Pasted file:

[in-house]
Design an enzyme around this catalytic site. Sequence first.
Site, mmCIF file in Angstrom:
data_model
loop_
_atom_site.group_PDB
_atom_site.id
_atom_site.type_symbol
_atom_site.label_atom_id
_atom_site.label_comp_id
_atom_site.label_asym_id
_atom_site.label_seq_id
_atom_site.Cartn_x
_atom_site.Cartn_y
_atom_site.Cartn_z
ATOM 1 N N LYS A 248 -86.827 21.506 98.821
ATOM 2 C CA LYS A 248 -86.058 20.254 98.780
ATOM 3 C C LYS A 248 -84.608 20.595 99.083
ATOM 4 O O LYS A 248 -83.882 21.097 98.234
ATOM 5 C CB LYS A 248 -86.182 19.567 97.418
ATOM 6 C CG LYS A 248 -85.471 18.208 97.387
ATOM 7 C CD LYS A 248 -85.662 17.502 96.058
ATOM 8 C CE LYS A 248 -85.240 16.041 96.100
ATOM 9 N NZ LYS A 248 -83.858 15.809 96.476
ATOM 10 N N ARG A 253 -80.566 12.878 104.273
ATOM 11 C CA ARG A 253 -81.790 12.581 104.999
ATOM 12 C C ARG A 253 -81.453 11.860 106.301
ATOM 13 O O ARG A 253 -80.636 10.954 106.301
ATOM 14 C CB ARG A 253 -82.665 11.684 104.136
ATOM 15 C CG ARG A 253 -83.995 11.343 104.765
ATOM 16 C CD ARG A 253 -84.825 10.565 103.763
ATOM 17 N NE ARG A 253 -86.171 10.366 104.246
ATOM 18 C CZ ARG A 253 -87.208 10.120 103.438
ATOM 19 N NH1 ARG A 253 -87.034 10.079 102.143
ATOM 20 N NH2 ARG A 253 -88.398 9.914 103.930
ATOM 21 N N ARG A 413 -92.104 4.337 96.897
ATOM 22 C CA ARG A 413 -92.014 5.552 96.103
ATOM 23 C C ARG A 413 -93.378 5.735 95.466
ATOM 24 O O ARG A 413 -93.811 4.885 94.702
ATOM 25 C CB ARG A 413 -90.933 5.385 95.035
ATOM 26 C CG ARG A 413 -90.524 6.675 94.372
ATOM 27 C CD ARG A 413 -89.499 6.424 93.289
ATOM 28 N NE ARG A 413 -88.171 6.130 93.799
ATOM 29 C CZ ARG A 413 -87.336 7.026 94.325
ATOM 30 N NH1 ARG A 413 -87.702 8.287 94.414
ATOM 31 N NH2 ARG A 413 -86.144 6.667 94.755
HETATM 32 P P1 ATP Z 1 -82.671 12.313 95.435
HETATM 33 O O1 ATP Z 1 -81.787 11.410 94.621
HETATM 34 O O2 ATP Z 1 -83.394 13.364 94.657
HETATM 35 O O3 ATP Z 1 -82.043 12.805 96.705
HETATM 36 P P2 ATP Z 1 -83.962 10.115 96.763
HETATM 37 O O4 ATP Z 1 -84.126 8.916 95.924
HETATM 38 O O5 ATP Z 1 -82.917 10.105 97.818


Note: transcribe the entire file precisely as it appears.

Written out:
[in-house]
Design an enzyme around this catalytic site. Sequence first.
Site, mmCIF file in Angstrom:
data_model
loop_
_atom_site.group_PDB
_atom_site.id
_atom_site.type_symbol
_atom_site.label_atom_id
_atom_site.label_comp_id
_atom_site.label_asym_id
_atom_site.label_seq_id
_atom_site.Cartn_x
_atom_site.Cartn_y
_atom_site.Cartn_z
ATOM 1 N N LYS A 248 -86.827 21.506 98.821
ATOM 2 C CA LYS A 248 -86.058 20.254 98.780
ATOM 3 C C LYS A 248 -84.608 20.595 99.083
ATOM 4 O O LYS A 248 -83.882 21.097 98.234
ATOM 5 C CB LYS A 248 -86.182 19.567 97.418
ATOM 6 C CG LYS A 248 -85.471 18.208 97.387
ATOM 7 C CD LYS A 248 -85.662 17.502 96.058
ATOM 8 C CE LYS A 248 -85.240 16.041 96.100
ATOM 9 N NZ LYS A 248 -83.858 15.809 96.476
ATOM 10 N N ARG A 253 -80.566 12.878 104.273
ATOM 11 C CA ARG A 253 -81.790 12.581 104.999
ATOM 12 C C ARG A 253 -81.453 11.860 106.301
ATOM 13 O O ARG A 253 -80.636 10.954 106.301
ATOM 14 C CB ARG A 253 -82.665 11.684 104.136
ATOM 15 C CG ARG A 253 -83.995 11.343 104.765
ATOM 16 C CD ARG A 253 -84.825 10.565 103.763
ATOM 17 N NE ARG A 253 -86.171 10.366 104.246
ATOM 18 C CZ ARG A 253 -87.208 10.120 103.438
ATOM 19 N NH1 ARG A 253 -87.034 10.079 102.143
ATOM 20 N NH2 ARG A 253 -88.398 9.914 103.930
ATOM 21 N N ARG A 413 -92.104 4.337 96.897
ATOM 22 C CA ARG A 413 -92.014 5.552 96.103
ATOM 23 C C ARG A 413 -93.378 5.735 95.466
ATOM 24 O O ARG A 413 -93.811 4.885 94.702
ATOM 25 C CB ARG A 413 -90.933 5.385 95.035
ATOM 26 C CG ARG A 413 -90.524 6.675 94.372
ATOM 27 C CD ARG A 413 -89.499 6.424 93.289
ATOM 28 N NE ARG A 413 -88.171 6.130 93.799
ATOM 29 C CZ ARG A 413 -87.336 7.026 94.325
ATOM 30 N NH1 ARG A 413 -87.702 8.287 94.414
ATOM 31 N NH2 ARG A 413 -86.144 6.667 94.755
HETATM 32 P P1 ATP Z 1 -82.671 12.313 95.435
HETATM 33 O O1 ATP Z 1 -81.787 11.410 94.621
HETATM 34 O O2 ATP Z 1 -83.394 13.364 94.657
HETATM 35 O O3 ATP Z 1 -82.043 12.805 96.705
HETATM 36 P P2 ATP Z 1 -83.962 10.115 96.763
HETATM 37 O O4 ATP Z 1 -84.126 8.916 95.924
HETATM 38 O O5 ATP Z 1 -82.917 10.105 97.818